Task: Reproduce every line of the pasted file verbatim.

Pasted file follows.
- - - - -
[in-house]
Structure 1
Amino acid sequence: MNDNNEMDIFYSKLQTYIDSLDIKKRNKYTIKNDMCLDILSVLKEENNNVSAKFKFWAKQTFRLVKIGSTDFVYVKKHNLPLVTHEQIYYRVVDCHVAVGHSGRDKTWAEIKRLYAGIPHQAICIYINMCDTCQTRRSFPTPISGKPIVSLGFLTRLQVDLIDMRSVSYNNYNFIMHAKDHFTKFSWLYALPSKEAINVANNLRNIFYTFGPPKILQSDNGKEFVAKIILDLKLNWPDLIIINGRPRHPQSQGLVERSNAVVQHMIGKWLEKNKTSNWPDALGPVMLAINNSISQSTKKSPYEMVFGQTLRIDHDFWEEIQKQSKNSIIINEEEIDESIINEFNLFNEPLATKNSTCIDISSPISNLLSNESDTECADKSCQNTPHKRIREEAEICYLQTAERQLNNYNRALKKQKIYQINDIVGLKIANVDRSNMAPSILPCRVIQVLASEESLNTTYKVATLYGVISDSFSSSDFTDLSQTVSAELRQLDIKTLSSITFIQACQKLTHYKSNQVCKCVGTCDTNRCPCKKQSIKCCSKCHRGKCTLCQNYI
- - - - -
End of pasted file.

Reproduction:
[in-house]
Structure 1
Amino acid sequence: MNDNNEMDIFYSKLQTYIDSLDIKKRNKYTIKNDMCLDILSVLKEENNNVSAKFKFWAKQTFRLVKIGSTDFVYVKKHNLPLVTHEQIYYRVVDCHVAVGHSGRDKTWAEIKRLYAGIPHQAICIYINMCDTCQTRRSFPTPISGKPIVSLGFLTRLQVDLIDMRSVSYNNYNFIMHAKDHFTKFSWLYALPSKEAINVANNLRNIFYTFGPPKILQSDNGKEFVAKIILDLKLNWPDLIIINGRPRHPQSQGLVERSNAVVQHMIGKWLEKNKTSNWPDALGPVMLAINNSISQSTKKSPYEMVFGQTLRIDHDFWEEIQKQSKNSIIINEEEIDESIINEFNLFNEPLATKNSTCIDISSPISNLLSNESDTECADKSCQNTPHKRIREEAEICYLQTAERQLNNYNRALKKQKIYQINDIVGLKIANVDRSNMAPSILPCRVIQVLASEESLNTTYKVATLYGVISDSFSSSDFTDLSQTVSAELRQLDIKTLSSITFIQACQKLTHYKSNQVCKCVGTCDTNRCPCKKQSIKCCSKCHRGKCTLCQNYI